Question one is, “Are you a city mouse or a country mouse?” The next question is, are you looking for an expensive city or country house versus budget city or country house.
The reputation of the school system is driving force in the demand for housing in a town or city.
House hunters with children, or hypothetical children, almost always ask about schools. Parents want good schools for their kids.
Immediately, moderate-budget buyers run into the brick wall: houses and condos in high-scoring school districts cost more than houses and condos in lower-scoring towns. Why is that?
There are two factors:
- Education is funded mainly by municipal governments. More expensive towns have a higher tax base and spend more on education.
- Standardized tests are the go-to standard for school performance. Children who grow up poor do worse on those tests than children who are middle class or rich. The reason may be where they live, not how smart they are. Poorer municipalities have more students who move in and out of the district, more children who have trouble learning because of economic disruption in their houses. Richer households spend on enrichment programs like dance and educational summer camps, which give their children an advantage on those tests.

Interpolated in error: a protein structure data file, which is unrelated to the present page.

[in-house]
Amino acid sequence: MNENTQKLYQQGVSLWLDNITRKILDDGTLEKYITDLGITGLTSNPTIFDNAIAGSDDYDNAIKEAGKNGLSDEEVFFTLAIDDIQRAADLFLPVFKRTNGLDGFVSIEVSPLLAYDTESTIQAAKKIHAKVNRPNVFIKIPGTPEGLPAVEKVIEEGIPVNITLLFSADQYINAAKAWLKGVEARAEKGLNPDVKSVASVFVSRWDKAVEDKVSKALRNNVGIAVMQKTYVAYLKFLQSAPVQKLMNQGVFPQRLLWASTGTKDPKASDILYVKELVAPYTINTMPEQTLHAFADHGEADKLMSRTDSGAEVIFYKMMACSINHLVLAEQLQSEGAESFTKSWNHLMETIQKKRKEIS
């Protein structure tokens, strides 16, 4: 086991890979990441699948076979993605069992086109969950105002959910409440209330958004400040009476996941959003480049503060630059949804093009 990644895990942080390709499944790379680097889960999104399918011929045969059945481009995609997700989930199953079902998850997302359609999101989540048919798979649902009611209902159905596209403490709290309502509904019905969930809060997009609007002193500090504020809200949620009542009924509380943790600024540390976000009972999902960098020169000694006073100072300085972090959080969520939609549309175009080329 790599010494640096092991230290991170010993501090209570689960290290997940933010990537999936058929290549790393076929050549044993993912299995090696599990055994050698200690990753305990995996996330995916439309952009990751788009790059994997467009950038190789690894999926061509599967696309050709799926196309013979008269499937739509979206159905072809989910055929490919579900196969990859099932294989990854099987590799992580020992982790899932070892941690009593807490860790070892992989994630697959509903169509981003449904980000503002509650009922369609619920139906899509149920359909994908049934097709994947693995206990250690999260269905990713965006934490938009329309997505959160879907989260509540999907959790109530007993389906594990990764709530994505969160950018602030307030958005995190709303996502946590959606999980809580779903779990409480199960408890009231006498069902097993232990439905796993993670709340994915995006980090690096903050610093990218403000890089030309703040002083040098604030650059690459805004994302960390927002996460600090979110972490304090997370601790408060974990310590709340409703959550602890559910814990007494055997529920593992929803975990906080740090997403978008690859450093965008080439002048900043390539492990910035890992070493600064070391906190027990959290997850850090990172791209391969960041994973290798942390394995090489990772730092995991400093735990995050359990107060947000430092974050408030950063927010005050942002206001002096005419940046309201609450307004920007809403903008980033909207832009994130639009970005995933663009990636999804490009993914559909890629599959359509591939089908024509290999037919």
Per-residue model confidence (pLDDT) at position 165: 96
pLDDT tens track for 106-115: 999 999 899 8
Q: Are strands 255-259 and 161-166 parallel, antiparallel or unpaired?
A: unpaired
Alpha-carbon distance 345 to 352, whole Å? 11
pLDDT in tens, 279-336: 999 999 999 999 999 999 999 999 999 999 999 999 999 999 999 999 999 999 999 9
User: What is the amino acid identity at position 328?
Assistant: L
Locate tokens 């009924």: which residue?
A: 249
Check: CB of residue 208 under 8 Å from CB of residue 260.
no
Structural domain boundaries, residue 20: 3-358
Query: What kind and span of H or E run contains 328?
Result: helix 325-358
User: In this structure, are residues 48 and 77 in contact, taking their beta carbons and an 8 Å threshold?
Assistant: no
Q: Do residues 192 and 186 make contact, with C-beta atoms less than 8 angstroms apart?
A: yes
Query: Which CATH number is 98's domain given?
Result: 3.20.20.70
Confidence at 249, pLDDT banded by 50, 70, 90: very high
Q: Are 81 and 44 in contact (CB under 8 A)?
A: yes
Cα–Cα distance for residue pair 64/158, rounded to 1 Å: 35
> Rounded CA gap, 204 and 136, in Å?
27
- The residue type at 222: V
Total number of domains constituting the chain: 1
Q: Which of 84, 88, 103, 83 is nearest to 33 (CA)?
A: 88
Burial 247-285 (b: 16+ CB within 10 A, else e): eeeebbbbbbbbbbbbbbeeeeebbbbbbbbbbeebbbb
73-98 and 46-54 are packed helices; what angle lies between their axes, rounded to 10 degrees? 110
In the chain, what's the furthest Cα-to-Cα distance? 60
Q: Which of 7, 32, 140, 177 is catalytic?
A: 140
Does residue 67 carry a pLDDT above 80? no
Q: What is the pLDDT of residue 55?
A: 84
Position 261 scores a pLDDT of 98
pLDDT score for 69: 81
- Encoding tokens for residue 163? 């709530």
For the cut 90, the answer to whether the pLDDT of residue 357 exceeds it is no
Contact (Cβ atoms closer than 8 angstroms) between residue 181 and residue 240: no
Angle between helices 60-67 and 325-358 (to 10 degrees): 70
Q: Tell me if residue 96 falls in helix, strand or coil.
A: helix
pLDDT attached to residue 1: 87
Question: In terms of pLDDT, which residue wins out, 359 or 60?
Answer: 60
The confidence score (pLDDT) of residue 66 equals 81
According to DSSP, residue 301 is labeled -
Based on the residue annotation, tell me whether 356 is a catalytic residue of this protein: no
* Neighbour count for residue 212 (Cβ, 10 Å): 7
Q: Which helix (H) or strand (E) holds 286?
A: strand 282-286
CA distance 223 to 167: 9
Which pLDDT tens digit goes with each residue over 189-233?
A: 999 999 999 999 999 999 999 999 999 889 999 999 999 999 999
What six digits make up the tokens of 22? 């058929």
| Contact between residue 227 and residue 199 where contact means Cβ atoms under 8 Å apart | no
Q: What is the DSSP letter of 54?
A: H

This creates a self-perpetuating circle. Towns that are expensive attract middle class and rich people, who are interested in education and willing to pay for it. Then the scores rise (or stay high), attracting more middle class and rich people who are interested in education. Then the housing cost rises, attracting only richer and richer people. This has been going on for generations. That’s why, when a prospective house hunter looks at a local high school, the houses are more expensive where the school system has higher test scores, more extensive AP classes, and a better overall reputation.
Paul Reville, former Secretary of Education for Massachusetts, wrote in Education Week in June 2013: “We were going to eliminate the correlation between zip codes and educational achievement and attainment. I’m sorry to say that, two decades later, it is clear that we’ve failed.” Since 2013, things have not changed.
Municipal taxes finance cities and towns. Not just their schools, but also the local government and services. They are collected from businesses and residences. Cities tend to have more business to offset the tax burden on homeowners. Urban homeowners tend to have lower taxes than their suburban counterparts.
Towns and cities with a lot of industry are generally not considered as pleasant to live in. But, towns and cities with no industry have very high taxes. When house hunting, prospective buyers need to keep an eye on the local tax rate, and the local assessments. Taxes are forever; so don’t overlook that expense when choosing your town!